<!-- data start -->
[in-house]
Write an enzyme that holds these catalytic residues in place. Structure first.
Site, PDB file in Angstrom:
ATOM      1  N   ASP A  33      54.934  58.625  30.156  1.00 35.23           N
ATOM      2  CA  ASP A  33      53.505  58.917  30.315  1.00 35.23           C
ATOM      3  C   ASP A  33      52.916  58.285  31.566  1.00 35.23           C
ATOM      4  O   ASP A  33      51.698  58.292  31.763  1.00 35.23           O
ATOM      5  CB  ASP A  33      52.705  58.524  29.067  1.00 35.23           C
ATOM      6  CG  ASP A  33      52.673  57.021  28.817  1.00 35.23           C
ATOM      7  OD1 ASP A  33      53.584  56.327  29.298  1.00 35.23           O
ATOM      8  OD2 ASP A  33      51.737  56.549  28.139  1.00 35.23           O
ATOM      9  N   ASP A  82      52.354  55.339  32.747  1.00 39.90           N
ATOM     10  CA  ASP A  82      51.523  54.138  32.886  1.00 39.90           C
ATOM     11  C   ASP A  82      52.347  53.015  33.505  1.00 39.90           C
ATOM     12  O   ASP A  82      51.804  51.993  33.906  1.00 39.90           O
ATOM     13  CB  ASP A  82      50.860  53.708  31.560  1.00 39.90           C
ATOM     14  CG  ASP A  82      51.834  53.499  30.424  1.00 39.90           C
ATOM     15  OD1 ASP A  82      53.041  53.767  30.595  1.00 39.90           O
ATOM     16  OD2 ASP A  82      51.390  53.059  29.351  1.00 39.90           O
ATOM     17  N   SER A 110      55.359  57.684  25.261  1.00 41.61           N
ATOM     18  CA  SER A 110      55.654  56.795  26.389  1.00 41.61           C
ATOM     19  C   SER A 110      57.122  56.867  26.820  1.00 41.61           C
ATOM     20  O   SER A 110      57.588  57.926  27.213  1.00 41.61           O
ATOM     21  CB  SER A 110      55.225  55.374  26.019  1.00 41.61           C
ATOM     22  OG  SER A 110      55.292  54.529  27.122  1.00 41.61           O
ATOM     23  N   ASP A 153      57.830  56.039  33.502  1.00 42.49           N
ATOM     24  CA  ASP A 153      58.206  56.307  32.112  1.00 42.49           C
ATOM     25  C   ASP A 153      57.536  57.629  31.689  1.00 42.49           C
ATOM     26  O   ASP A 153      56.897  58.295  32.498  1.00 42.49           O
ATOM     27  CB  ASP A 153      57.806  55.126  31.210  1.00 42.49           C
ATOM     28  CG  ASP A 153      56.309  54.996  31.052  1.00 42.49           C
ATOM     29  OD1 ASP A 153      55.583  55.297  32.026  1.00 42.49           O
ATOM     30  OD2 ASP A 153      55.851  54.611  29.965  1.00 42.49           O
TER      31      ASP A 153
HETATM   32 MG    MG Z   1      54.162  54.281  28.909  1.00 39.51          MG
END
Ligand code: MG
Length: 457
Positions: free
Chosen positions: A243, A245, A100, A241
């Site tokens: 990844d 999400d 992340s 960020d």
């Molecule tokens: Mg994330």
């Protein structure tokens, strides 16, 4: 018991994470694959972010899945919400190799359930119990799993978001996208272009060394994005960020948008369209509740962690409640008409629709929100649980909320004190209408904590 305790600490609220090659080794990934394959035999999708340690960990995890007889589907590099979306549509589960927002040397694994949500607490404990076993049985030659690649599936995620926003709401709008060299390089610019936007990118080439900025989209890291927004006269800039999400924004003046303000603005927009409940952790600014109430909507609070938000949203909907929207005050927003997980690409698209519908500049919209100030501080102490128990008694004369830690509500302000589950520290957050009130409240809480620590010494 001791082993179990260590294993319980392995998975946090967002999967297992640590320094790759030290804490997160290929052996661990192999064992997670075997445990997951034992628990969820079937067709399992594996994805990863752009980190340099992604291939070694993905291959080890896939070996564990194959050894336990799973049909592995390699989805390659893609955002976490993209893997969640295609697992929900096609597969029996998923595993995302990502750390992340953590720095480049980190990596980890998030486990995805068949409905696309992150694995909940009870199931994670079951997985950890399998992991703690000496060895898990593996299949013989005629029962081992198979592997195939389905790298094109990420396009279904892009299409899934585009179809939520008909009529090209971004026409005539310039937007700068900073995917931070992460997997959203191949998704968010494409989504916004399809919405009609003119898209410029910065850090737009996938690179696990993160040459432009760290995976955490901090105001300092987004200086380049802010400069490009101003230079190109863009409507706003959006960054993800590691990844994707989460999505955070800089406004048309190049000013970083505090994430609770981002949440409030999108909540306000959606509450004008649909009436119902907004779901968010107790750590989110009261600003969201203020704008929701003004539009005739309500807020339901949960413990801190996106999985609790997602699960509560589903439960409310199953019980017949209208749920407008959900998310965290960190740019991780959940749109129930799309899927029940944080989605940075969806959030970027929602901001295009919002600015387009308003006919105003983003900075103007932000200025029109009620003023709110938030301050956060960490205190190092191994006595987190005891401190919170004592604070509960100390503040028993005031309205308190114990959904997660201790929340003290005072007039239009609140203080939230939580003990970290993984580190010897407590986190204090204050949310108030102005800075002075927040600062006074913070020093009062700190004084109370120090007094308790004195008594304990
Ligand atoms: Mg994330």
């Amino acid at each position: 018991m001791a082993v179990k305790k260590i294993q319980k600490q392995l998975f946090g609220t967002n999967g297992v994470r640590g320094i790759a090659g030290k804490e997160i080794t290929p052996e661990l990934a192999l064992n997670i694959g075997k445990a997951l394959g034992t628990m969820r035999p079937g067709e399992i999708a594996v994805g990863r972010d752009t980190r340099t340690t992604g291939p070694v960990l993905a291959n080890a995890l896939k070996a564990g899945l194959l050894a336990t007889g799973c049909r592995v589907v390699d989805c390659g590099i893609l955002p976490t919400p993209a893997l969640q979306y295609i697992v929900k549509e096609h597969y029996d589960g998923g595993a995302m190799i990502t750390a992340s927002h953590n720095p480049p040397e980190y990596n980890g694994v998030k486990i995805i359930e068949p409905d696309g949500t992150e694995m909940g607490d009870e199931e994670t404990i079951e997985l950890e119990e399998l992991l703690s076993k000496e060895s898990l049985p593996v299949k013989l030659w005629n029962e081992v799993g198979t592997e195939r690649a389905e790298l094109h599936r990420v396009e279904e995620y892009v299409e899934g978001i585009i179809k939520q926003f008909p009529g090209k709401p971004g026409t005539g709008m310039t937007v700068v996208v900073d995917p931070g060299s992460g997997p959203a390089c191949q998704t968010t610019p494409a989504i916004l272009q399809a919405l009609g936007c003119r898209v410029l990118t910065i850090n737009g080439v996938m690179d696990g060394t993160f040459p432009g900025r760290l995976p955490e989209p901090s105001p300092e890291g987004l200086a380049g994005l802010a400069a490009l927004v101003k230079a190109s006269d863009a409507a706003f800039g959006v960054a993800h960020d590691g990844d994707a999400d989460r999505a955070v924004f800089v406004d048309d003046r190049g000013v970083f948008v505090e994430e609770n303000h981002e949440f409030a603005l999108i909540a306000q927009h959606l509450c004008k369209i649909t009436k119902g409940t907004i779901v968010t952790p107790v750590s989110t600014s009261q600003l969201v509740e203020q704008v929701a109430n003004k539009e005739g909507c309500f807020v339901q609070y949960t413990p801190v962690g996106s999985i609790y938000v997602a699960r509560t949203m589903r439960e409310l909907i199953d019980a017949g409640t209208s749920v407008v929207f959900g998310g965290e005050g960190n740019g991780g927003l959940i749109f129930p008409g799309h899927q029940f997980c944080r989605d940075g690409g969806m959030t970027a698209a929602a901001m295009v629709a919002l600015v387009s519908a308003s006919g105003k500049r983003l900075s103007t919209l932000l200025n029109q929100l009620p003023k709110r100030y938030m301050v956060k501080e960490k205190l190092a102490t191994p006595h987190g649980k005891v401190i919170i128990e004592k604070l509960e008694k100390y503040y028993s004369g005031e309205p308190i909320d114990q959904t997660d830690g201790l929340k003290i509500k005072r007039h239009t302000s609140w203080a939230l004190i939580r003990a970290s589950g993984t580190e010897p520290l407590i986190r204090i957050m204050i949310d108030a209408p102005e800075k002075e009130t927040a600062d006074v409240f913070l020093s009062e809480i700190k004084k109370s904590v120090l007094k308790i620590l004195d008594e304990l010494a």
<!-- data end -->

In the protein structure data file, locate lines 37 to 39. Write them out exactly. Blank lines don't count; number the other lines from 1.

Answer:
Ligand code: MG
Length: 457
Positions: free